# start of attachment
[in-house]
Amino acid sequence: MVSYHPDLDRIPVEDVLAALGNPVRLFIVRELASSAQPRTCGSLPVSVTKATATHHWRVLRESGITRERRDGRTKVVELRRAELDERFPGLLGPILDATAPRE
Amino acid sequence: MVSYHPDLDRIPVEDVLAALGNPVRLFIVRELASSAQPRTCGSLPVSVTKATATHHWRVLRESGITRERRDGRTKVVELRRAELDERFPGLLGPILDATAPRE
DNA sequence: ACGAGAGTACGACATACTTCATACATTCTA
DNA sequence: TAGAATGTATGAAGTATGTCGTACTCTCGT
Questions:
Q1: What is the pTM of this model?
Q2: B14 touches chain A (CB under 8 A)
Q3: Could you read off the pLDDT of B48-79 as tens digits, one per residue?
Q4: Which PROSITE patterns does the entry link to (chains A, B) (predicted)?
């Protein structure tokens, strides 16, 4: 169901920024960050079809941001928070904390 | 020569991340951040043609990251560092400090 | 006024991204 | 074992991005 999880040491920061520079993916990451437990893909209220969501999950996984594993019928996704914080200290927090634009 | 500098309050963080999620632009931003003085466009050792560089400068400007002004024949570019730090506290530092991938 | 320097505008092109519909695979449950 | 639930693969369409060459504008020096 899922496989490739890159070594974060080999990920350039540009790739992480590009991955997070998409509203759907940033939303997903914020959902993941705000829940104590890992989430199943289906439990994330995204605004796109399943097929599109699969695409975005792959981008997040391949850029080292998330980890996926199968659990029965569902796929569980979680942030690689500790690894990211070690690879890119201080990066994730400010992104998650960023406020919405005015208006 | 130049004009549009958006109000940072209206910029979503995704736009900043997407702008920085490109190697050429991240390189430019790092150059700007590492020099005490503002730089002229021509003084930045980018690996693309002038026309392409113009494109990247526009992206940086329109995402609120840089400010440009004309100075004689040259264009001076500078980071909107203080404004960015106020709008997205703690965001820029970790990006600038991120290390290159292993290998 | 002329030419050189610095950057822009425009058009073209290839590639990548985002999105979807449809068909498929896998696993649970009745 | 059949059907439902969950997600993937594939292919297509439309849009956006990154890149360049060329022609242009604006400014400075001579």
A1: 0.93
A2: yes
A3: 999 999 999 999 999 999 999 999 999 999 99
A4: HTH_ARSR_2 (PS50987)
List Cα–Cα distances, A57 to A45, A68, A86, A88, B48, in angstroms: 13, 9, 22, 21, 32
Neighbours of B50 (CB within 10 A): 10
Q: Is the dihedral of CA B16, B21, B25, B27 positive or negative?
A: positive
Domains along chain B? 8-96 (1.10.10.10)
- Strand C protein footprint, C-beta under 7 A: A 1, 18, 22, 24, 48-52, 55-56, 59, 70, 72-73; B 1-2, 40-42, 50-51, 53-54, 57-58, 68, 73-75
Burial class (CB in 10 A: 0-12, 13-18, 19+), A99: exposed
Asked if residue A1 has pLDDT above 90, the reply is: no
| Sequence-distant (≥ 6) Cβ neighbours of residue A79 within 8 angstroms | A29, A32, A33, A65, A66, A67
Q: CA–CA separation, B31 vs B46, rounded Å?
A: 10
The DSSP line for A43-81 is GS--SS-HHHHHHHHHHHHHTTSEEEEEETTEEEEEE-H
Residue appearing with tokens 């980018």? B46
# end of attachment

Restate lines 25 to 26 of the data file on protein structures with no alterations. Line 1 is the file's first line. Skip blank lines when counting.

Q: CA–CA separation, B31 vs B46, rounded Å?
A: 10